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Occupational injuries are a serious public-health issue and cause significant morbidity and mortality in the United States. In 2004, there were 3.4 million admissions to emergency rooms for job-related injuries and illnesses, a number that reflects an estimated rate of 2.5 admissions per 100 full-time equivalent (FTE) workers aged 15 and older. In 2005, private industry employers reported 1.2 million injuries and illnesses that required days away from work, representing 135.7 per 10,000 FTE workers. The same year, data from the Census of Fatal Occupational Injuries estimated that there were approximately four occupational-injury deaths per 100,000 employed workers, which represented a total of 5,702 such deaths that year. The costs of occupational injuries and illnesses in the United States exceed $100 billion annually and entail both direct and indirect costs borne by injured workers, their families, other workers through lower wages, firms through lower profits, and consumers through higher prices. This paper describes associations between substance use and occupational injuries and proposes reasons that substance use may be linked to work-related accidents; reviews the most-recent empirical literature that has attempted to document the relationship between substance use and occupational injuries; highlights findings that are consistent across studies and addresses the limitations that most of these studies confront; examines the policies that attempt to address substance use at the workplace and why each initiative may or may not influence rates of occupational injuries; and discusses what remains unknown about the relationship between substance use and occupational injuries and identifies future avenues for research that could help fill some of these research gaps.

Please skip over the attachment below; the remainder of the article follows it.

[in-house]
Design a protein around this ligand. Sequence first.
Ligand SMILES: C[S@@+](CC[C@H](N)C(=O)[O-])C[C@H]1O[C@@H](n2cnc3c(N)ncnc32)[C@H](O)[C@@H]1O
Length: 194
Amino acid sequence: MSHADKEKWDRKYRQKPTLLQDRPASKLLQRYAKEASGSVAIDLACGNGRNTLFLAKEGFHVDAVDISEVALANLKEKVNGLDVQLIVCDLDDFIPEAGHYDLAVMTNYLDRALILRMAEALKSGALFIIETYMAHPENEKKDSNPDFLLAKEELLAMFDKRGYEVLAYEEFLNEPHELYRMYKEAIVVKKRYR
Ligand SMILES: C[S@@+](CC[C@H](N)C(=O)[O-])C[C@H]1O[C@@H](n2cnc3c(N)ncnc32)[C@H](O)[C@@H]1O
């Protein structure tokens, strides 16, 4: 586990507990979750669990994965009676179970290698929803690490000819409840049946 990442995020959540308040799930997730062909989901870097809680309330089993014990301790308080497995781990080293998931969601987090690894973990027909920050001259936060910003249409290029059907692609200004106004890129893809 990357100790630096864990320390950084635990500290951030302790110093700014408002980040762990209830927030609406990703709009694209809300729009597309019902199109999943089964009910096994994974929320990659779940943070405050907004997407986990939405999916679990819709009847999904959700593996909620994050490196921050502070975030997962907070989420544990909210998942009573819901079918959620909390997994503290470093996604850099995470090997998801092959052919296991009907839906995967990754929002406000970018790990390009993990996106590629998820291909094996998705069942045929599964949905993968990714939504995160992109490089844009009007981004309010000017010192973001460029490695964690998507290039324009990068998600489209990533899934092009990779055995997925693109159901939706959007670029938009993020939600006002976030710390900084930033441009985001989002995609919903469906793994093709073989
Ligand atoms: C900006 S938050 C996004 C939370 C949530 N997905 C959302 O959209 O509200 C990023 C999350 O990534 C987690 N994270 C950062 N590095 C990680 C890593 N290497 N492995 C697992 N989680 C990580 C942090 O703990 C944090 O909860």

The research reported in this paper was sponsored by the Commonwealth of Pennsylvania and the Allegheny County Department of Human Services and was conducted within the RAND Center for Health and Safety in the Workplace (CHSW).

This report is part of the RAND occasional paper series. RAND occasional papers may include an informed perspective on a timely policy issue, a discussion of new research methodologies, essays, a paper presented at a conference, or a summary of work in progress. All RAND occasional papers undergo rigorous peer review to help ensure that they meet high standards for research quality and objectivity.

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